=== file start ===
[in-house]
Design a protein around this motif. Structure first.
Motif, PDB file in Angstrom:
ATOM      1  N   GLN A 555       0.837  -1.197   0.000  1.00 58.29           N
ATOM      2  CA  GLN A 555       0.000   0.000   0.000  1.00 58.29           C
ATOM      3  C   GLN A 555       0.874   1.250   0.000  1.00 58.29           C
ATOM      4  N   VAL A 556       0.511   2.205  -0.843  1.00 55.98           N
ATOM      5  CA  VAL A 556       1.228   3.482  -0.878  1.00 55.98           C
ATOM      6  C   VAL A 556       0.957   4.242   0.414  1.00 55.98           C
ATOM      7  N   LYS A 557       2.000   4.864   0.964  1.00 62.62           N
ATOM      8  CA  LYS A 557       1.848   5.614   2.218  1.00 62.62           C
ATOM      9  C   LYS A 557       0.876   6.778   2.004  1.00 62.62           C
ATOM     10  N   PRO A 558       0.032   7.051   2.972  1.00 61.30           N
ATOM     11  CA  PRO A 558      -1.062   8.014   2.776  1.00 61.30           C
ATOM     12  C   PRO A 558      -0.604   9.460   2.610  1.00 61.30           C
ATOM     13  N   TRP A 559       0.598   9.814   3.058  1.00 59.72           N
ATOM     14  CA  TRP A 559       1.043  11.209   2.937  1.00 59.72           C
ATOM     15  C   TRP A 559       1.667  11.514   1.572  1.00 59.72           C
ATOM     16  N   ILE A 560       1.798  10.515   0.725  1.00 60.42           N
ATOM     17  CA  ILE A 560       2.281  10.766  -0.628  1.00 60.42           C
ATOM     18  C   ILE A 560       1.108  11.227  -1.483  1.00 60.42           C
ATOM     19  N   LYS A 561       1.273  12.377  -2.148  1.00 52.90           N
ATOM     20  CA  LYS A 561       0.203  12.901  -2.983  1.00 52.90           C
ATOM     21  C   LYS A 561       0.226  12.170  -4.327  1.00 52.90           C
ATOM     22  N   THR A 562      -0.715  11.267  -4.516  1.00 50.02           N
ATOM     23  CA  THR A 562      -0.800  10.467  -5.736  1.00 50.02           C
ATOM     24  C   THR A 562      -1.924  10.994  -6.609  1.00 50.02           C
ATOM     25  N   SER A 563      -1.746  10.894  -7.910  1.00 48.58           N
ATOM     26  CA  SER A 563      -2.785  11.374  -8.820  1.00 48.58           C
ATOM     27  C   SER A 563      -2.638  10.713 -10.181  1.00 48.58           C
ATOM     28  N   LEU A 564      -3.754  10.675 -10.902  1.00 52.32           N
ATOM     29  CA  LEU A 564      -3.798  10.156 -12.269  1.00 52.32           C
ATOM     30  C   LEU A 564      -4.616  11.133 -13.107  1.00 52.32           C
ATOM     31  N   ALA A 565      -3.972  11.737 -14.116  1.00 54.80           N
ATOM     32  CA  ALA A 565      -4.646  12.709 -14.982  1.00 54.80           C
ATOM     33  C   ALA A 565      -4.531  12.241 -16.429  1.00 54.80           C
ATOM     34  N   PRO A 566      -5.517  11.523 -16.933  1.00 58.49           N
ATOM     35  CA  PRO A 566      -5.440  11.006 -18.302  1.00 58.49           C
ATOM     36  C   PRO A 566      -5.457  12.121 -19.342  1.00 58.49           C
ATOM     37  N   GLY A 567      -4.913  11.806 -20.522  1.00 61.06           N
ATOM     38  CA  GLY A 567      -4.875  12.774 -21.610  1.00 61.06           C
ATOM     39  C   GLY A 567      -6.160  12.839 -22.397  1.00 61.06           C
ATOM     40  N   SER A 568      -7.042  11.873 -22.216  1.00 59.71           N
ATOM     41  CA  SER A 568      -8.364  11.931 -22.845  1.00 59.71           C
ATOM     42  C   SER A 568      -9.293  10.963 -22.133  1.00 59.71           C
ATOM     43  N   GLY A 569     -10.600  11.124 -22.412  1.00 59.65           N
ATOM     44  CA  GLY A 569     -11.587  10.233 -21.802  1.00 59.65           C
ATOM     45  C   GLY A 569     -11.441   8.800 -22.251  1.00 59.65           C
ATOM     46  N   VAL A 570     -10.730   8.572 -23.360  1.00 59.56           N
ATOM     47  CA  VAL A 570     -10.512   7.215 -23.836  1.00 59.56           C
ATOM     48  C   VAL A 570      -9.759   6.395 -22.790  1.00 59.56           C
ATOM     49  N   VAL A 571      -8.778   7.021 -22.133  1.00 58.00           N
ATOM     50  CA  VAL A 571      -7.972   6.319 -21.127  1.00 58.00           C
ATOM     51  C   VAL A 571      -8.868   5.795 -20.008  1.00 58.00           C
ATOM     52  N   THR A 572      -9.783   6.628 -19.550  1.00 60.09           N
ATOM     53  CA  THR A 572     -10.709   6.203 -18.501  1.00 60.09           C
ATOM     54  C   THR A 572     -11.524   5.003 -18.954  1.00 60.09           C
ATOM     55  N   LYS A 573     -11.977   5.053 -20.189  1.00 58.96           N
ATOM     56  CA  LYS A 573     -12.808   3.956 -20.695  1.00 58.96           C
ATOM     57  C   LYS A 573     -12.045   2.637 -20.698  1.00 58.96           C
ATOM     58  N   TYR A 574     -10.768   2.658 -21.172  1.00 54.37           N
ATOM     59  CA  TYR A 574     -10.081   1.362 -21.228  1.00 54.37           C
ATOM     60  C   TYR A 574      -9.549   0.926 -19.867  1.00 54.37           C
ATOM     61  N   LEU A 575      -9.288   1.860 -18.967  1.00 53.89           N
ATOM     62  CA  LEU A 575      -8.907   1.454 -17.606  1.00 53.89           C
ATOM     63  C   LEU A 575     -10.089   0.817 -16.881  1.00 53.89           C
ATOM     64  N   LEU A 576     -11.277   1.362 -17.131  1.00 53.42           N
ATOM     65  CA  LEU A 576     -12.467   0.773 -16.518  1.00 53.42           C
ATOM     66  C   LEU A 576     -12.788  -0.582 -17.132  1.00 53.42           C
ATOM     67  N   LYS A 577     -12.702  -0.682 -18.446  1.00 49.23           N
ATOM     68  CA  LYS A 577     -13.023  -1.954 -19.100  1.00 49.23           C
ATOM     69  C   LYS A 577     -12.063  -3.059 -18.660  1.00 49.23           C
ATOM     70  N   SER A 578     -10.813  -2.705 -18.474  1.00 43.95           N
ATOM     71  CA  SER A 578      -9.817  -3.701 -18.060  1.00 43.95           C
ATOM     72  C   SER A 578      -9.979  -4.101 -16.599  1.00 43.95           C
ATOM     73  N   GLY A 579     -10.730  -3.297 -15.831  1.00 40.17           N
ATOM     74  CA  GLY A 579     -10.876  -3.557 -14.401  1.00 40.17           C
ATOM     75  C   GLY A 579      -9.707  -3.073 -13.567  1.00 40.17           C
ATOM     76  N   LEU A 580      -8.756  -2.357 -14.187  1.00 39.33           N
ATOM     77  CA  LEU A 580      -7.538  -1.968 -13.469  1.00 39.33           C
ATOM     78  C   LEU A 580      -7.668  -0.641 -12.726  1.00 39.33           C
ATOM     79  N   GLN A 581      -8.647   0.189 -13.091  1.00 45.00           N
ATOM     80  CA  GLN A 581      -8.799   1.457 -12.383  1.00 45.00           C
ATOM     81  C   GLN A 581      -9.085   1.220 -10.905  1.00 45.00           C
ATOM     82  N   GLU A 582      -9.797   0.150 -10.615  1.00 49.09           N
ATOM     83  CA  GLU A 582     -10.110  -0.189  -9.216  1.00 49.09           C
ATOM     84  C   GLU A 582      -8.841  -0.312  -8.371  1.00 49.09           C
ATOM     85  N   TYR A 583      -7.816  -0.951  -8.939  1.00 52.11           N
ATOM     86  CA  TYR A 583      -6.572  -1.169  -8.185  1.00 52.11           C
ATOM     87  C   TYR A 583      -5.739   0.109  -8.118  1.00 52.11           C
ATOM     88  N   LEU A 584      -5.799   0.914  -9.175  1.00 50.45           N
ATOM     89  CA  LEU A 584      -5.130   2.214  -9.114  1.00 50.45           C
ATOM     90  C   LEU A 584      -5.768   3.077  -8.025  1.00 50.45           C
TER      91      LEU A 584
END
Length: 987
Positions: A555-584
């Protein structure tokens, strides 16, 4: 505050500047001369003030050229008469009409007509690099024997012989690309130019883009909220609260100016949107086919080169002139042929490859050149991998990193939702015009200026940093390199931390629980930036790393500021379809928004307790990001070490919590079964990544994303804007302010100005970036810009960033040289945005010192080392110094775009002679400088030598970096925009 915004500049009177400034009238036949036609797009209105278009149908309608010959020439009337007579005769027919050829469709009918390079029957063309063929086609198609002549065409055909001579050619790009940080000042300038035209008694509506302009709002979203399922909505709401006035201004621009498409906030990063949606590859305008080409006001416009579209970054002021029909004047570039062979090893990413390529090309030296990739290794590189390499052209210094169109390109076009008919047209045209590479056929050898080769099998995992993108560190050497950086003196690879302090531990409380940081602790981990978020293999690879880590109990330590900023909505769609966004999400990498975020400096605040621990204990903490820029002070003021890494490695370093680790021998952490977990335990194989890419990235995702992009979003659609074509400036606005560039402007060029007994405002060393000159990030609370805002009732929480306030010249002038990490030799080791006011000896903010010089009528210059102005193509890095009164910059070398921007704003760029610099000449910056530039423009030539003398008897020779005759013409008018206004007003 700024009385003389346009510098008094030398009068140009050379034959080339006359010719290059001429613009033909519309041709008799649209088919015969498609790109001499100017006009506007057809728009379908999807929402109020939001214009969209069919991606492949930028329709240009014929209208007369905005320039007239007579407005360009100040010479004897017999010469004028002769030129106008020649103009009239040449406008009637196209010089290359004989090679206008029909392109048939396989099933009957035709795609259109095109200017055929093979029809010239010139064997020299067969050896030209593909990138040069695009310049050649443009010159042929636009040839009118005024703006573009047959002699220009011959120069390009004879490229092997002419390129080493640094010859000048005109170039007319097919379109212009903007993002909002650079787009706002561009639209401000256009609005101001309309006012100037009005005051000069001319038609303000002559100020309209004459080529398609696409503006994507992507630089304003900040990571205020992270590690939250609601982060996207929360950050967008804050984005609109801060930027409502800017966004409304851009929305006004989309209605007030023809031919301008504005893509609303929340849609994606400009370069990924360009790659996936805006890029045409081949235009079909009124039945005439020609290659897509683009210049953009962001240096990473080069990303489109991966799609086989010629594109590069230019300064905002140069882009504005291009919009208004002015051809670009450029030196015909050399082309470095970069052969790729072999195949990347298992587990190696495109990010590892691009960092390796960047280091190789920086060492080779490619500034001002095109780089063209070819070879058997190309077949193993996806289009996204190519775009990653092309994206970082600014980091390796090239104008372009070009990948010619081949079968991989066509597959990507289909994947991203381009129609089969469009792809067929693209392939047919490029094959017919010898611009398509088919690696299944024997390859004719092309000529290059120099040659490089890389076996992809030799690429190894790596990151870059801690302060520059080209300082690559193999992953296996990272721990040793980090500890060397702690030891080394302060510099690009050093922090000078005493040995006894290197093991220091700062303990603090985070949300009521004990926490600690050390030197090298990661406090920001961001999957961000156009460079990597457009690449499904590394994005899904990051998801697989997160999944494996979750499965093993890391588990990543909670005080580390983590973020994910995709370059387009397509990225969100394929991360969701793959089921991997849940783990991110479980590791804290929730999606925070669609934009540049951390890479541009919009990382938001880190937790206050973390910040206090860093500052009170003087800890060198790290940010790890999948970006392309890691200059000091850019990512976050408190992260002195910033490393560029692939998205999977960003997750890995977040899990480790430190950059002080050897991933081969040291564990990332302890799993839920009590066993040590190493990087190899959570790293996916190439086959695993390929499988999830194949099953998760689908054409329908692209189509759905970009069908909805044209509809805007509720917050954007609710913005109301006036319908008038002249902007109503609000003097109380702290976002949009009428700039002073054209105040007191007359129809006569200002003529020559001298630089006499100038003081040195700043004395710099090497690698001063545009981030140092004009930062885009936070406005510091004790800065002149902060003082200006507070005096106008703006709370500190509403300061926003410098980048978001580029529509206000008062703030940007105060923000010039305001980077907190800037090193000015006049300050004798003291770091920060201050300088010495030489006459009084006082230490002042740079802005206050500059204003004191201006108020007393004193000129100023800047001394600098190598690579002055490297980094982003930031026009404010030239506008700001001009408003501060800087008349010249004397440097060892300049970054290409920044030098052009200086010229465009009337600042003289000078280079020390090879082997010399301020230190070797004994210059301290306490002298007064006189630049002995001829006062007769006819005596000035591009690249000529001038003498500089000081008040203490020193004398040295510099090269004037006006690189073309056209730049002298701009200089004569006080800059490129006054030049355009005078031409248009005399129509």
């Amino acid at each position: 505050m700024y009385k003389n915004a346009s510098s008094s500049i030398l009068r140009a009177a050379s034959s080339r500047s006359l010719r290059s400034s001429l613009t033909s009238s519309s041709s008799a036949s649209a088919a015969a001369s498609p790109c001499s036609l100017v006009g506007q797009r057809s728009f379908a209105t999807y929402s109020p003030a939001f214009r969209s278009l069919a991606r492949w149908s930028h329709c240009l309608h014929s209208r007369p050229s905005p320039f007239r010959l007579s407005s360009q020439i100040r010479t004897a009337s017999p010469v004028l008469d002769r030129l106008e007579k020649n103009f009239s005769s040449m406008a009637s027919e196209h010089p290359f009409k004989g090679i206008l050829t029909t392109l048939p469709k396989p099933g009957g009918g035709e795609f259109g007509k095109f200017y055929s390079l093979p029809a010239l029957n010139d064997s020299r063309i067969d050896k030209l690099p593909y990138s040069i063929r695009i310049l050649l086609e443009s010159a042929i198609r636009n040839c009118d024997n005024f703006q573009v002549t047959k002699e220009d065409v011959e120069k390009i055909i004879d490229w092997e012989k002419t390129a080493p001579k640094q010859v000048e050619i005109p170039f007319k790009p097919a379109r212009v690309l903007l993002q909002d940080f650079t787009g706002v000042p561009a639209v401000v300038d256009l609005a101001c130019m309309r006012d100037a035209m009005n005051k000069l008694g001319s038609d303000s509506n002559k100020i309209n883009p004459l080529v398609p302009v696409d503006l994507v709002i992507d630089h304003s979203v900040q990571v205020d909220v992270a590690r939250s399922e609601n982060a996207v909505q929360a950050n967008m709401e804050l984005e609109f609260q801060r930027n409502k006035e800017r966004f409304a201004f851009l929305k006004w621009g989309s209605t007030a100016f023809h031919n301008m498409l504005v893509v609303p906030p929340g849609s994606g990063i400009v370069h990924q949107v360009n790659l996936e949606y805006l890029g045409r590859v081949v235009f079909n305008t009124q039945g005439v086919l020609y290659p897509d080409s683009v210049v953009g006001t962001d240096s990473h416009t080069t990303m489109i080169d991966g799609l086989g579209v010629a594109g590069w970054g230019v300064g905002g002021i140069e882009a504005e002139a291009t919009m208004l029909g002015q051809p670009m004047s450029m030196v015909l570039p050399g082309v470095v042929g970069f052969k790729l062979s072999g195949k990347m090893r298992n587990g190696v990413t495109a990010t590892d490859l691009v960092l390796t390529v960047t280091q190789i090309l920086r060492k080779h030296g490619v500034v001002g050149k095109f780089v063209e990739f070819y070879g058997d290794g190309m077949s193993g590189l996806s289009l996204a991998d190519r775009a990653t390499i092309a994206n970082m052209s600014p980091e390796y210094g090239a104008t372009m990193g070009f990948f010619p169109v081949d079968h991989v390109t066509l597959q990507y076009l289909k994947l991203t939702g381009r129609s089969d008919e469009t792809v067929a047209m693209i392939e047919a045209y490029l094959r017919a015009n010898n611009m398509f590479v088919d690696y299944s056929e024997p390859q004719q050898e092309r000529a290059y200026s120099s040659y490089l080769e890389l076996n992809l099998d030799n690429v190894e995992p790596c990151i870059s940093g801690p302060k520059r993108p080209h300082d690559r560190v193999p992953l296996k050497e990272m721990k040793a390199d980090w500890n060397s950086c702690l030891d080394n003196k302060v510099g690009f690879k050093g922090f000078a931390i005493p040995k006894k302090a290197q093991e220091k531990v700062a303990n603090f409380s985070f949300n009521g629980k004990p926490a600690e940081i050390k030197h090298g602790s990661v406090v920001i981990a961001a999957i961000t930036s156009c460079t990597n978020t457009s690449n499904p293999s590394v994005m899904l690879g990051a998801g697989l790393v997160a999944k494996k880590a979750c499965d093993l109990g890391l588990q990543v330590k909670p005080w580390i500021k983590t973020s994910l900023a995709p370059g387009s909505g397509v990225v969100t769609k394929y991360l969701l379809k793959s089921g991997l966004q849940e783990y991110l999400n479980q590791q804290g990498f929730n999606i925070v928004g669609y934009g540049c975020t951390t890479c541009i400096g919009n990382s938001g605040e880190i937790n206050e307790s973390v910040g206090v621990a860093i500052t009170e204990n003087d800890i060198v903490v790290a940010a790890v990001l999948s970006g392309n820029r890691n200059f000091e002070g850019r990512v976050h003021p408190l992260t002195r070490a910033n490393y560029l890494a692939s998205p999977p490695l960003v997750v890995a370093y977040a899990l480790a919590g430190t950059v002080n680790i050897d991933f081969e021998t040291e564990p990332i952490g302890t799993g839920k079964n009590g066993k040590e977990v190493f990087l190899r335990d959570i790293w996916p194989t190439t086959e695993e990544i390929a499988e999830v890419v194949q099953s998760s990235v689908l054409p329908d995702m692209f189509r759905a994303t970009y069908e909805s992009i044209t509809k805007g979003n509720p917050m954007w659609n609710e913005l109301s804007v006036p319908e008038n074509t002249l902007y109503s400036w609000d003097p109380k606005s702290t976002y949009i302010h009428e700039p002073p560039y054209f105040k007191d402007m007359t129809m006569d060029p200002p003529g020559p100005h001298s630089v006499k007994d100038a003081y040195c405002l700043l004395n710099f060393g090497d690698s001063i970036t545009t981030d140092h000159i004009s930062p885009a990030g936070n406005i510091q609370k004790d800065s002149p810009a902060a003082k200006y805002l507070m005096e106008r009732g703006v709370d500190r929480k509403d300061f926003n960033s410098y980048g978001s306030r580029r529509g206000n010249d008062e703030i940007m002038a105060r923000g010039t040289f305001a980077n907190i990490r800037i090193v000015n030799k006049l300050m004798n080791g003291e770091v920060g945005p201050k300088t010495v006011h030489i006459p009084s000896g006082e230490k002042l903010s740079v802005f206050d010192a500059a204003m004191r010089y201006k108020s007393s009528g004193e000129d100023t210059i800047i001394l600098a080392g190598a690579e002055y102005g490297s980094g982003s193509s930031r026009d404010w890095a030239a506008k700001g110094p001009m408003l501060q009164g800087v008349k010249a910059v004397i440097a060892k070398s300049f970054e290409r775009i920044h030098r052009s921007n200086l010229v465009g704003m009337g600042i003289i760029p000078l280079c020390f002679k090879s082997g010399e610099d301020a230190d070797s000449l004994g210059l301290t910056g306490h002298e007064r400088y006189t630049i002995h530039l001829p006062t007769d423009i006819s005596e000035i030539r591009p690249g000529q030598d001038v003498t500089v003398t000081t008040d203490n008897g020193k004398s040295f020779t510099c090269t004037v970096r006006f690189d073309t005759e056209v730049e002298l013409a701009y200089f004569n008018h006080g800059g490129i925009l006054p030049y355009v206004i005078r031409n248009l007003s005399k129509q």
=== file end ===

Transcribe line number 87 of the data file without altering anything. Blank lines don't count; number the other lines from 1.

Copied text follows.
ATOM     84  C   GLU A 582      -8.841  -0.312  -8.371  1.00 49.09           C